But here’s the deal – and I wish to God I was a better speaker, so I could make them understand. Let’s momentarily set aside any purely ethical argument that the simple fact of their humanity makes these women worth helping. Maybe you think they’re irresponsible and deserve whatever happens to them. For the moment, I won’t argue with that. Let’s also set aside the enormous cost in public health dollars and lost economic productivity represented by every infected individual.

Consider this: we live in a world of connections that bind us to one another more closely than we generally suspect. HIV can very easily work its way along the chain of six links between Stockard Channing and that common street hustler. So if you are a middle-class white woman, you may never know the sex worker who we’re targeting with our project. But your husband might, because the big secret about prostitution is that there are plenty of middle-class suburban dads taking advantages of the “services” of these brutally exploited women. How many of them are bringing HIV home for dinner? (Let me add that I don’t mean to suggest that the life of Suburban Dad is somehow more valuable or of more social concern than the life of Junkie Hooker – only that their respective worlds may have fewer degrees of separation between them than most suspect.)

Then too, it’s worth considering that people can and do change, and they are not always what they seem to be. In 2002, I was a semi-homeless cocaine addict. In 2002, my dealings with local government consisted primarily of occasional visits to the county jail and peeing in a cup for my probation officer. I was not a likeable person. I had no self-esteem, which was logical, since I had not behaved in a consistently estimable fashion for some time. My sexual behaviors were such that I will never understand by what grace or sheer chance it is that I am HIV- today.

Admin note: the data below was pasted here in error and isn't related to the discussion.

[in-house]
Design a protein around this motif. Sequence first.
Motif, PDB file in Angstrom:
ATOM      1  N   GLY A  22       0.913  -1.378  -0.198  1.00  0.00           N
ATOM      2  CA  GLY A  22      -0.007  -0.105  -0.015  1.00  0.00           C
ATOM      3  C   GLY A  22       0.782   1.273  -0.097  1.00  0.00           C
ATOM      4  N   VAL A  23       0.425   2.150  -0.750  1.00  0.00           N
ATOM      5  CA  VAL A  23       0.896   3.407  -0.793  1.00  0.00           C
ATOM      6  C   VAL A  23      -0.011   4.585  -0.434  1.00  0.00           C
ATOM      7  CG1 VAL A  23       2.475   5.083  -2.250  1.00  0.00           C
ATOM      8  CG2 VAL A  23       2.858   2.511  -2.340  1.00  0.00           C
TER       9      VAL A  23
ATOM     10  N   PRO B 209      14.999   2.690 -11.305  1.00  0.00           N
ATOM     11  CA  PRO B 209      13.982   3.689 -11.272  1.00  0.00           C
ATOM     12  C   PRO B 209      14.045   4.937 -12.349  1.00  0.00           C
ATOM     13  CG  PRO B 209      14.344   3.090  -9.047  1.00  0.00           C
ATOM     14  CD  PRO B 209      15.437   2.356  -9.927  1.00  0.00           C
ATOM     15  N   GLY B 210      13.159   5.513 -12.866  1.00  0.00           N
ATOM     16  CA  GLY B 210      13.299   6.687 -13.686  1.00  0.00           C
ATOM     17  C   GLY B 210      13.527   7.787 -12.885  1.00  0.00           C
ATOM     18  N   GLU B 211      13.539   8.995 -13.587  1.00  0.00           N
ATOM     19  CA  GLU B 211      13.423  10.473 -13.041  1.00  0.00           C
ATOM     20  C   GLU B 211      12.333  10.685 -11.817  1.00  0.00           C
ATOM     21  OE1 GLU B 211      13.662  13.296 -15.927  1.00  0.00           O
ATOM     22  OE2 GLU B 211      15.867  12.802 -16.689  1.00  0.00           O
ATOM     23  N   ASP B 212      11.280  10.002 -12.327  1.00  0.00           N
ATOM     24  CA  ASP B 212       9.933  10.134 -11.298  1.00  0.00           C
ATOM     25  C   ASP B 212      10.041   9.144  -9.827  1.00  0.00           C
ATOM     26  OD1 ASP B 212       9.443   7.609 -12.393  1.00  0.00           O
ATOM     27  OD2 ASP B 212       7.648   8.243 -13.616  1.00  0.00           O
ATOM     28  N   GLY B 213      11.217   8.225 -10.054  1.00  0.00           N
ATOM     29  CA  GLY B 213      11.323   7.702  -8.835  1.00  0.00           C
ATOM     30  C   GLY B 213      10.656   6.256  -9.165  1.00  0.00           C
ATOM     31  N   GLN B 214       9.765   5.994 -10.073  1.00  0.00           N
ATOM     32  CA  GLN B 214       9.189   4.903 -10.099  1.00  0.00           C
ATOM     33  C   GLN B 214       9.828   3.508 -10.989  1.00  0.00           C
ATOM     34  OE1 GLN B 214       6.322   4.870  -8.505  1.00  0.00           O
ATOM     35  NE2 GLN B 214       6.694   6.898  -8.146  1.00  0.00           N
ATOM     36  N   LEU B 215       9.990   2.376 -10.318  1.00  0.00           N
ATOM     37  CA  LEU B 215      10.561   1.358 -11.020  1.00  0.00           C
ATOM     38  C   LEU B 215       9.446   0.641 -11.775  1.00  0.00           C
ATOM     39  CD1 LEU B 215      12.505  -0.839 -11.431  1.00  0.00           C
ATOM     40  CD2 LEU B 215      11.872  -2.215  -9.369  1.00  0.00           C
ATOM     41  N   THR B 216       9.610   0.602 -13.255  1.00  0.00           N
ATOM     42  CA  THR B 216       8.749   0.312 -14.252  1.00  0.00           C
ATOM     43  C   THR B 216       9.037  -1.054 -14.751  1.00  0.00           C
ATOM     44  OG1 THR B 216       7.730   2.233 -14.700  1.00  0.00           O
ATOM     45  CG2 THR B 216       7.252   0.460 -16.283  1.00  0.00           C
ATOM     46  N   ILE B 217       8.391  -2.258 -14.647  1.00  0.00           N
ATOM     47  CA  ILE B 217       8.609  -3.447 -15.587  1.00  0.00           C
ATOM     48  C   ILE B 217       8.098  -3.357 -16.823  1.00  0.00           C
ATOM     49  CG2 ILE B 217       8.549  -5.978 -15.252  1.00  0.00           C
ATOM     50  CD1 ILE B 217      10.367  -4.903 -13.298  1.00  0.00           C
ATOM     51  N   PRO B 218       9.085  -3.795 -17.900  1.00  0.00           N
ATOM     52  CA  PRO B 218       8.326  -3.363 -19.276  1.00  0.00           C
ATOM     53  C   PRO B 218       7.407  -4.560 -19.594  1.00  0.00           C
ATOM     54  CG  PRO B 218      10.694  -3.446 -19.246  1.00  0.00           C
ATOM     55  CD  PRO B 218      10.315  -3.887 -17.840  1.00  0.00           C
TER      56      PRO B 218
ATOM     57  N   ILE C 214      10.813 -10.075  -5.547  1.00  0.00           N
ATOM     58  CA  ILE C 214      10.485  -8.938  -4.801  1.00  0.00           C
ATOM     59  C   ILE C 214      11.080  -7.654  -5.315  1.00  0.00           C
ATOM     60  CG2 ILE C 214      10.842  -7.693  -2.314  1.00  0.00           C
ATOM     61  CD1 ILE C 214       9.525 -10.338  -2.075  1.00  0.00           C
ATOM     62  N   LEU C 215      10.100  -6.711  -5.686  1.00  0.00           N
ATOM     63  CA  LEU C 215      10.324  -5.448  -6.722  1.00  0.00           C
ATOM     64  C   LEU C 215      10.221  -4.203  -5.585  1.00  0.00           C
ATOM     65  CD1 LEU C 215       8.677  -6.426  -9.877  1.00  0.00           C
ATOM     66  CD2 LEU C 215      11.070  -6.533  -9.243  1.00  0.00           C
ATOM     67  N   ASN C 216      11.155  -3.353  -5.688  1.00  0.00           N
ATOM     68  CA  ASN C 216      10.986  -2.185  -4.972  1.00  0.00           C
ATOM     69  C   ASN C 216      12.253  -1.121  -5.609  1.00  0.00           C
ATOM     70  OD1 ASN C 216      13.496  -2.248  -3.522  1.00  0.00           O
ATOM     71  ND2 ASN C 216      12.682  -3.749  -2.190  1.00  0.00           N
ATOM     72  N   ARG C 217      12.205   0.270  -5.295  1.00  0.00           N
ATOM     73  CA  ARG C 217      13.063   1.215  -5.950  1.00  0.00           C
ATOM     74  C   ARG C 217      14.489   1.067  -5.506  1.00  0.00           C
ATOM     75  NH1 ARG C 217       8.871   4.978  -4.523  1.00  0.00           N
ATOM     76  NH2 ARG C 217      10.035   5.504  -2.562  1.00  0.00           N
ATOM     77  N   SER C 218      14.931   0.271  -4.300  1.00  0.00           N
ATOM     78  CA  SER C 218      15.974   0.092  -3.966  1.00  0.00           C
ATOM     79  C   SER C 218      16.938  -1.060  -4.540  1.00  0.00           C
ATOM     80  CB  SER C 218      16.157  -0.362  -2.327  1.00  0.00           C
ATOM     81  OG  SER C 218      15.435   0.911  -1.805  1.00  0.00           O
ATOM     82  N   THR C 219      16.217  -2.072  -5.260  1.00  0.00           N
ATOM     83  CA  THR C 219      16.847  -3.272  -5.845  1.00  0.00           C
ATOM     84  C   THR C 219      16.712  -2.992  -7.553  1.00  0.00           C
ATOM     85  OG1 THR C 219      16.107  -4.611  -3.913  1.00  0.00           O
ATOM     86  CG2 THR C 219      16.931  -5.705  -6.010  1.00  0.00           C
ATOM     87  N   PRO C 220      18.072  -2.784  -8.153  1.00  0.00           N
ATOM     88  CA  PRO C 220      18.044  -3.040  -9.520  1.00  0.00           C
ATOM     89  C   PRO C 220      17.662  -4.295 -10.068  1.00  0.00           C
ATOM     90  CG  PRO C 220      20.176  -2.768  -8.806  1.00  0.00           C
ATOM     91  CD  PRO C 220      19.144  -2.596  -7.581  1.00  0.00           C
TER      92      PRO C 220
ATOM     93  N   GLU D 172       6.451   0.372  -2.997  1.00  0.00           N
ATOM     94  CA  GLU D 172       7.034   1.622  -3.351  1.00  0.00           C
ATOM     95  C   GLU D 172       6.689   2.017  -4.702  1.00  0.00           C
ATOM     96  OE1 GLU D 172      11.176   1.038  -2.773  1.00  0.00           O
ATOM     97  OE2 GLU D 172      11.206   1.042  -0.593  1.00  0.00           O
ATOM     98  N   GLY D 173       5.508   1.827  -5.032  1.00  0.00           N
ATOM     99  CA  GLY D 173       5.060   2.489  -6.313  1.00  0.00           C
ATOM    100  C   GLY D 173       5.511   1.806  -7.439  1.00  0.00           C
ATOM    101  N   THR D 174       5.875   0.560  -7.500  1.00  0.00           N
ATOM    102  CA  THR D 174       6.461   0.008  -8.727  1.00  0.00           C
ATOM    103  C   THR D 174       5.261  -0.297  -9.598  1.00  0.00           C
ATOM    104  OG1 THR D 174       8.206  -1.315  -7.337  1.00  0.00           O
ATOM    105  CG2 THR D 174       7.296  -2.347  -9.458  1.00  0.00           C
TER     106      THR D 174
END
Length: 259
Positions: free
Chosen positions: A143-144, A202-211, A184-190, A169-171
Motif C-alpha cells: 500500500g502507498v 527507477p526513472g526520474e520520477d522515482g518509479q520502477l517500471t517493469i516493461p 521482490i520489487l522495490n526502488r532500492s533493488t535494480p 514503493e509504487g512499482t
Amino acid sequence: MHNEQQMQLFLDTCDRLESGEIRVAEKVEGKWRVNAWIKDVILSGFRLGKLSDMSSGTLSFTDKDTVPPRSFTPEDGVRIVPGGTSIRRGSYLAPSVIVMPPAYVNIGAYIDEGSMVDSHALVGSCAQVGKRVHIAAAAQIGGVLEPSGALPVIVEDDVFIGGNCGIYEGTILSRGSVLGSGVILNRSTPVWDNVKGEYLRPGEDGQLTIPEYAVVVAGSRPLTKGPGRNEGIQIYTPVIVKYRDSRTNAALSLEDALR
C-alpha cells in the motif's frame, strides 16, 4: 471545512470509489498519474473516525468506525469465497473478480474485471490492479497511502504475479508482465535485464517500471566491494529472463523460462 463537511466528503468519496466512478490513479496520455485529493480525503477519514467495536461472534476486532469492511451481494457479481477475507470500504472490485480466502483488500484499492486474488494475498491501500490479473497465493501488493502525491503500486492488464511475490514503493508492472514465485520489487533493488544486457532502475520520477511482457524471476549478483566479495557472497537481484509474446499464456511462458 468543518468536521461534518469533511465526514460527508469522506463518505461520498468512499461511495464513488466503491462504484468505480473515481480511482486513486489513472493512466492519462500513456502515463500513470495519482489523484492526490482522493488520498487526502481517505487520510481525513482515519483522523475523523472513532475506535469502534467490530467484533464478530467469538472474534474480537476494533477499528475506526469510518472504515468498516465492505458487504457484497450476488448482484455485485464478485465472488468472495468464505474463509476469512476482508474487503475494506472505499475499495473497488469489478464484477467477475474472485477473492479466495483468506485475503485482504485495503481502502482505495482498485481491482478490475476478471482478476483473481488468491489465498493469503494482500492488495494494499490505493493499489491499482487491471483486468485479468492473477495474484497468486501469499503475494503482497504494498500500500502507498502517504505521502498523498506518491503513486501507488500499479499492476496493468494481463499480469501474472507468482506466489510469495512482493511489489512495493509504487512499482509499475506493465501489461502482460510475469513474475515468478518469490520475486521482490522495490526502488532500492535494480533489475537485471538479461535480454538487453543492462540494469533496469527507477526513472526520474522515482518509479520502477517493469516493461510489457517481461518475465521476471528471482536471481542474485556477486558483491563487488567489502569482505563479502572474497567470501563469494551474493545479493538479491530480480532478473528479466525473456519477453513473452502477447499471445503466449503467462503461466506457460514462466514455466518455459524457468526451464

Seeing me today, you’d never know all of that. Today, I am pretty boring. I have a boyfriend, a cat, and a nerdy job. I get my kicks from buying square dishes. My interactions with local government consist of speaking before City Council and occasionally meeting with the Dept. of Community Initiatives. The only thing “2002” in my life today is the merlot I’m enjoying this evening. People can change, and do. Not always, but sometimes, and the possibility is worth the second and third chances. I got those chances from a family that loved me, but not everyone is so lucky.